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Preschoolers get taste of life on a farm

Karen Whalen, who operates ABCD Preschool in Carroll, and Dick and Marcie Wernimont, a couple who farm a short distance northeast of Carroll, hatched a good idea 15 years ago.

That’s when the Wernimonts’ farmplace became a destination for Whalen’s classes to bring to life their annual unit on farm living.

Whalen explains, “I began with the Wernimont family back in 2006-2007 school year when their niece came to my school. Amy Wiskus (Marcie’s sister) had asked Dick to bring a fainting goat to school for her daughter Lauren to show for the farm unit.

“Dick then informed me of the animals that he had on his farm. I asked if I could bring my classes out for a farm field trip. Of course he was all for it, and from there on we have been working together to give the children a great hands-on learning experience with the animals and life on a farm.”


Brinley Koster, 9, daughter of Alex and Erin Koster and granddaughter of Dick and Marcie Wernimont, shows chickens hatching from eggs.

On a recent morning, a couple of transit buses filled with children from Whalen’s 3-year-olds’ school pulled into the Wernimonts’ farmyard.

The tour gave visitors a glimpse at a variety of animals and span of farm animals’ lives — from chicks hatching from eggs to grown chickens, from a bottle-fed calf to cattle readied for market.

With the Wernimonts and a couple of their grandchildren leading the tour, the students got to view baby chicks hatching from eggs; hold baby chicks; see nesting inside a chicken coop; help bottle-feed a 3-week-old calf; view grown cattle in feedyards; walk along a creek to see ducks and geese; and touch a John Deere tractor, even sit for photos in the tractor’s wheels. And just before leaving, each visitor received a peacock feather as a souvenir.

“Not a lot of kids anymore are from a farm, and we thought it would be a fun experience for them to see the little ones being born,” Marcie says of the Wernimonts’ willingness to host the tours.

Marcie says the children get “the fun and excitement of seeing little chicks being born out of shells and some understanding of knowing where they come from, and not just from Bomgaars (store).”

“The kids’ reactions are breathtaking,” she continued. “A mother (of a student) texted me the next day saying her little boy hadn’t stopped talking about being out at Dick and Marcie’s farm.”

Whalen says of making a farm unit part of her preschool, “It’s unbelievable how many children have never been on a farm, compared to a zoo. It’s a great learning experience for them. They learn about food that comes from the farm and farm life.


Sitting in the wheel of a John Deere tractor on the Dick and Marcie Wernimont farm are (from left) Marlee Pudenz, daugher of John and Ashlee Pudenz, Tristyn Haluska, daughter of Sean and Shellie Haluska, and Isla Nichoils, daughter of Jeff and MaKinze Nichols, and standing is Boone King, son of Nick and Haley King.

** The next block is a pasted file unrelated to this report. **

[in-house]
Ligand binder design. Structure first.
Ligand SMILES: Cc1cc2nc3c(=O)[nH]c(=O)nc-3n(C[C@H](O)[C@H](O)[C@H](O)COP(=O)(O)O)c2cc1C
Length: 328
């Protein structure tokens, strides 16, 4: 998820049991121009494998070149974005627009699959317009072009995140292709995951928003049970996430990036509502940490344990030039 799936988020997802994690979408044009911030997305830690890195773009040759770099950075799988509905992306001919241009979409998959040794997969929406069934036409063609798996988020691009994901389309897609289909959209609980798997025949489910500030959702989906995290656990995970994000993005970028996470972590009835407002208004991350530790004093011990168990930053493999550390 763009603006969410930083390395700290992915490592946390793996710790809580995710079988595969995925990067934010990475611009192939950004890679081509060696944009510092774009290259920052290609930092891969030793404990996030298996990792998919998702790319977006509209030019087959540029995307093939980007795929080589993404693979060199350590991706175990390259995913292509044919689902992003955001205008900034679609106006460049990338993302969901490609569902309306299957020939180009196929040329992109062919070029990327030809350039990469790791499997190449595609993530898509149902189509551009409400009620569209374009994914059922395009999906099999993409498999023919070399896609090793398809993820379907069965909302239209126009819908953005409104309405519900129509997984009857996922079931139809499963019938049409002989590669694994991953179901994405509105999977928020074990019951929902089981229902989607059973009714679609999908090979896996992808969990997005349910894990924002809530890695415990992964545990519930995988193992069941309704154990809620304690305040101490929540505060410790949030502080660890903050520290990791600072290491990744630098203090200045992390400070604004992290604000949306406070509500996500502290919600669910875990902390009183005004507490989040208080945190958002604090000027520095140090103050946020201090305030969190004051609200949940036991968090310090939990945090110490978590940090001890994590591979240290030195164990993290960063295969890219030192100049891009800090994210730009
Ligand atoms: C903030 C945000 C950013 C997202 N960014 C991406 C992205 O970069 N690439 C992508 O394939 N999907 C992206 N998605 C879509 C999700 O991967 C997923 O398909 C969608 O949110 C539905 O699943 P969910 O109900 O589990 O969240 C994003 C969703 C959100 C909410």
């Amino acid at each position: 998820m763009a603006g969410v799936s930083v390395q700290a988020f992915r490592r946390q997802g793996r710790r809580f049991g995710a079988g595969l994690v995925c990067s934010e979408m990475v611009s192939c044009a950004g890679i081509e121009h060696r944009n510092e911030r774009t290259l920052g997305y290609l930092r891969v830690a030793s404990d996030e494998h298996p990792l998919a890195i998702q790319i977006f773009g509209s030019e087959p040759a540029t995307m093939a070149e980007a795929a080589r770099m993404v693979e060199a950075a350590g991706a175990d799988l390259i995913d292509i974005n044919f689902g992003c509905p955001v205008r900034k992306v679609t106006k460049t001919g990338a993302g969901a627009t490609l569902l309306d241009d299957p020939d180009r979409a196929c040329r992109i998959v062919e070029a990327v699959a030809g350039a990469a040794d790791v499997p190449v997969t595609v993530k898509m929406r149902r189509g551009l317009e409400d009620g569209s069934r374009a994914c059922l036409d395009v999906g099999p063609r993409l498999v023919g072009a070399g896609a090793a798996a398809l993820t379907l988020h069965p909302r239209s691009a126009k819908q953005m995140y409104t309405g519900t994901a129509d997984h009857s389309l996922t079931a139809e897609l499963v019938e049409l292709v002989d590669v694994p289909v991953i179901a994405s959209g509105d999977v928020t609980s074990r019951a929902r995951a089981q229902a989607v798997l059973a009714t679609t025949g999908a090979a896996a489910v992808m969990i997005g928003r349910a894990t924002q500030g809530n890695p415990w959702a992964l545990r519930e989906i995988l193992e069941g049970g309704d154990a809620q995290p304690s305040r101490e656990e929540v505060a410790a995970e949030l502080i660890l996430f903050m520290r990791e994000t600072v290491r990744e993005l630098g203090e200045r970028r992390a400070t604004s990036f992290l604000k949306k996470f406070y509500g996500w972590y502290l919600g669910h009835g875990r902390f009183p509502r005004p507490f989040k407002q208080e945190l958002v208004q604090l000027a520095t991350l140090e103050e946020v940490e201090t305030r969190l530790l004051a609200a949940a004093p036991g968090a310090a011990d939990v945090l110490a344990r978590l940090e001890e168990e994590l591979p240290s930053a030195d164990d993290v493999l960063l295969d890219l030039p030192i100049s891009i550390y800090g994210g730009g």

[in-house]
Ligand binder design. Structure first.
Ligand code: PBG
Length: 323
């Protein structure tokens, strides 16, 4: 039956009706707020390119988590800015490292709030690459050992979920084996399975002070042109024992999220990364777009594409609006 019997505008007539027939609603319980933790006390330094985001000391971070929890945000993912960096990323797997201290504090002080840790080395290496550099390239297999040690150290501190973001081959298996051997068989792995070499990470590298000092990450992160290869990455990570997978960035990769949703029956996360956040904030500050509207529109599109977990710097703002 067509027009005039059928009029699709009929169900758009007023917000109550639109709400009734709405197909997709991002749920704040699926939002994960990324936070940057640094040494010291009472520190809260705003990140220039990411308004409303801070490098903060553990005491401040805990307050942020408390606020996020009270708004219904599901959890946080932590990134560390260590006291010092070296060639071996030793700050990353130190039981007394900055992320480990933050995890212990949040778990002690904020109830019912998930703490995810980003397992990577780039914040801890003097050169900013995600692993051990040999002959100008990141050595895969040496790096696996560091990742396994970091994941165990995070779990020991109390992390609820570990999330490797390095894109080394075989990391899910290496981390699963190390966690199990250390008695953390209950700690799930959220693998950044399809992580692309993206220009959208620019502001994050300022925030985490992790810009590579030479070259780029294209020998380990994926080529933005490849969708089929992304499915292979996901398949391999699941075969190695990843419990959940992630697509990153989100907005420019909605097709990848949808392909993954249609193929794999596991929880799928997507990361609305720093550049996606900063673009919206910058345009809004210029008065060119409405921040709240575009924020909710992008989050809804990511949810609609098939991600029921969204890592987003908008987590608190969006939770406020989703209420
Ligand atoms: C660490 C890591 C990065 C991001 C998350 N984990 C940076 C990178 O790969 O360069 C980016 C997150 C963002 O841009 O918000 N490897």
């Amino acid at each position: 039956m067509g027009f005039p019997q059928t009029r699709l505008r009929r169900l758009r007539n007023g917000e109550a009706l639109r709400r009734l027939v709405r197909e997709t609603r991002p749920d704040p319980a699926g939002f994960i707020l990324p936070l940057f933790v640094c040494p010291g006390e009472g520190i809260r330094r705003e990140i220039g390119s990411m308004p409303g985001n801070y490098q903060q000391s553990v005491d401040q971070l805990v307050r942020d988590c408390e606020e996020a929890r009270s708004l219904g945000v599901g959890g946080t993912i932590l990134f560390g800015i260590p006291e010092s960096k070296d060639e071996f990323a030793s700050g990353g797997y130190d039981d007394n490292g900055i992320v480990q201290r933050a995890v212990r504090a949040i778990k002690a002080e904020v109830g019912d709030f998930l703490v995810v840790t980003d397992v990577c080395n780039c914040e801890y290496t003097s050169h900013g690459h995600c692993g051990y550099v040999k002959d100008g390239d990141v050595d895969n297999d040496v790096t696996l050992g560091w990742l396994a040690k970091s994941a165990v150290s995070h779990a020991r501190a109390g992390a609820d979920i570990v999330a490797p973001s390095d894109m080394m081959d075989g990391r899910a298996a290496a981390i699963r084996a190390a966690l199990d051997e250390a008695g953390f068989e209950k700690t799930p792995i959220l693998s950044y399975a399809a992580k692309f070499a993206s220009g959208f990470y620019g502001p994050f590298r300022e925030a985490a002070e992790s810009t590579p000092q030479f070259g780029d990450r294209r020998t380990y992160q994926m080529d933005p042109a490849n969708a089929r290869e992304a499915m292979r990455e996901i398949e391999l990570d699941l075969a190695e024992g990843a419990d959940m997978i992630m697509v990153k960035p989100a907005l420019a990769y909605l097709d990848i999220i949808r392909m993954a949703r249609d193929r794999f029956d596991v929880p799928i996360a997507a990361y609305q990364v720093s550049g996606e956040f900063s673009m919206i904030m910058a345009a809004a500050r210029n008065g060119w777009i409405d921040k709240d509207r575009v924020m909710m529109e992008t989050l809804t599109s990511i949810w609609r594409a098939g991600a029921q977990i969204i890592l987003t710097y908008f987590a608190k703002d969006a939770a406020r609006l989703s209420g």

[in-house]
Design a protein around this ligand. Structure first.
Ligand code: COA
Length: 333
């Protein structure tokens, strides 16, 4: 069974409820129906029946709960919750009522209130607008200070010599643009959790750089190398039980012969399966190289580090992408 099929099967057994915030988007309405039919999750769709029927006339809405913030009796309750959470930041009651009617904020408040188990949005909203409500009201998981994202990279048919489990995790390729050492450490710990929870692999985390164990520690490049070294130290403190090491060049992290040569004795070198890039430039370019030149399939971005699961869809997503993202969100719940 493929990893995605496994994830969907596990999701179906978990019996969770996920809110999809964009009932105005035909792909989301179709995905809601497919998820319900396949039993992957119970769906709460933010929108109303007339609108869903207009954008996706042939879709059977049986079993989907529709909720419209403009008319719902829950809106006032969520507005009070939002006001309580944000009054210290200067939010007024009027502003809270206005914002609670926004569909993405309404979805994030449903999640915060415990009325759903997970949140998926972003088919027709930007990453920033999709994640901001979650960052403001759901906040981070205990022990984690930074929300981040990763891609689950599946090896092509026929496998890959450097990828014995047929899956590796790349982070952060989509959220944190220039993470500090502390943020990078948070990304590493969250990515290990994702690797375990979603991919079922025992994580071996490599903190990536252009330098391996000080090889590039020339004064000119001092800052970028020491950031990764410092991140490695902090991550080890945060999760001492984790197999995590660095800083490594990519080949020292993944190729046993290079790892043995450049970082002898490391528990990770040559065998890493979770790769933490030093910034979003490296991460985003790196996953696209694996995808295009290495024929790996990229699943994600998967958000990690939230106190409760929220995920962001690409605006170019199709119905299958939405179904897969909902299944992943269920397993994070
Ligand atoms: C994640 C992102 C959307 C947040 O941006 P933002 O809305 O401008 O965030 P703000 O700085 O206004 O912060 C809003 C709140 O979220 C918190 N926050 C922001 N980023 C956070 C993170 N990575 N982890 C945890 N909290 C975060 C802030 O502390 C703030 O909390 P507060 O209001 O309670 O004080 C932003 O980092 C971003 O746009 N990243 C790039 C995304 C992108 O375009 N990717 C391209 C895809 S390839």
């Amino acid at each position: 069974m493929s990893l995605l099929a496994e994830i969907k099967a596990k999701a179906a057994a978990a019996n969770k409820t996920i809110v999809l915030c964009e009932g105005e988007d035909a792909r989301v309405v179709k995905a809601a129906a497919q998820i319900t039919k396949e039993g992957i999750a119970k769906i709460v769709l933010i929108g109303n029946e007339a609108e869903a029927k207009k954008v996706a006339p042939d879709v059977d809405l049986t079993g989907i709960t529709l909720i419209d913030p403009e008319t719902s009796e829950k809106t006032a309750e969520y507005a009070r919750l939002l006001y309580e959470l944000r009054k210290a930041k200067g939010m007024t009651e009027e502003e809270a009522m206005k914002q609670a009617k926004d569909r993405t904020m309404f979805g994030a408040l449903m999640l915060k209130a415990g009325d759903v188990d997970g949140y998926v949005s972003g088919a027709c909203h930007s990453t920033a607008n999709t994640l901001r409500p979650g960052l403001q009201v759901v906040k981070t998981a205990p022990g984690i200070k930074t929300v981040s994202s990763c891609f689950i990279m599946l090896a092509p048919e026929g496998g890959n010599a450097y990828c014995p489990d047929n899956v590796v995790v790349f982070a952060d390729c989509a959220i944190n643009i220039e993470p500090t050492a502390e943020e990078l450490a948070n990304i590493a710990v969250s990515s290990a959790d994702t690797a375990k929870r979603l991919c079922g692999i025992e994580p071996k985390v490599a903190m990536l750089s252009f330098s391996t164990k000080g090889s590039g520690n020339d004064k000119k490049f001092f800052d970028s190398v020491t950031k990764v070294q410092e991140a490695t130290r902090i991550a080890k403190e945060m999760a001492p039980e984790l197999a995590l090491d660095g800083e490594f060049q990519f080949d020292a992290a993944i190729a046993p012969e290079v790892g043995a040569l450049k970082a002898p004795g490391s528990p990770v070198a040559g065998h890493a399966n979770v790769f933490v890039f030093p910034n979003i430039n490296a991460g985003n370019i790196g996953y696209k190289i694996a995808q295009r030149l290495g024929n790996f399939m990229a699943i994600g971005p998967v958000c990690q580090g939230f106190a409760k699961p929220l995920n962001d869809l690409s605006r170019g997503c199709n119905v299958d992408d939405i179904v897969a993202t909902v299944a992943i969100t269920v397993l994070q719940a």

“It’s funny, too, the (students’) parents are so eager to chaperone because they’ve not really been on a farm either.”

What do the children talk about most following the tour?

“The chicks, the hatching and being able to see the incubator and see chicks actually hatching out of the eggs,” Whalen says. “The children are able to actually touch and hold them.

“Bottle-feeding the calf, too. They’re always overwhelmed by the cows.”

In the farm unit, Whalen says, she teaches students sorting (farm and zoo animals), counting, names for baby animals, and sounds different animals make.

“We’re just so grateful for the opportunity Dick and Marcie have given us and that we’re able to do that,” Whalen says of the tours. “They’ve worked with us so well, and I think they’ve enjoyed it too.”

The Wernimonts own 320 acres — bought from Dick’s parents, Walt and Marie Wernimont, in 1986 — and farm 1,500 acres altogether, growing corn, soybeans, rye and alfalfa. They have an Angus cattle operation, while the chickens, geese and the peacock on the farm “are just for fun,” Marcie says.

The Wernimonts have five grown children and 11 grandchildren. Two of the grandchildren — Ryker Koster, 10, and Brinley Koster, 9, children of Alex and Erin Koster — helped lead the preschoolers on the tour.

Whalen herself feels right at home visiting the farm. A daughter of Catherine and the late Clarence Wittrock, she grew up south of Willey and graduated from Kuemper Catholic High School in 1976. Her husband Mike Soyer, who passed away in 1988, farmed.

Whalen, who has operated ABCD Preschool since August 2005, plans to retire after this school.


ABCD Preschool student Marlee Pudenz, daughter of Josh and Ashley Pudenz, stepped onto a John Deere tractor with help from parent volunteer Tasha Sellman.

She turns 65 this month, and Whalen says retirement will give her and her husband, Charlie Whalen, who works part time as a physical therapist at St. Anthony Regional Hospital, more time to attend grandchildren’s activities. She and Charlie have 12 grandchildren.

Whalen named ABCD Preschool after her children: Angie, Brian, Chad and Doug (now deceased). “My children have been my backbone, and they knew I always wanted to do this (operate a preschool),” she says.

“(ABCD) also stands for ‘Active, Busy, Creative Days,’ so we made a lot out of it,” she adds.

While the local school systems now have 3- and 4-year-old preschools, some parents felt a home setting was better for their children, she says.

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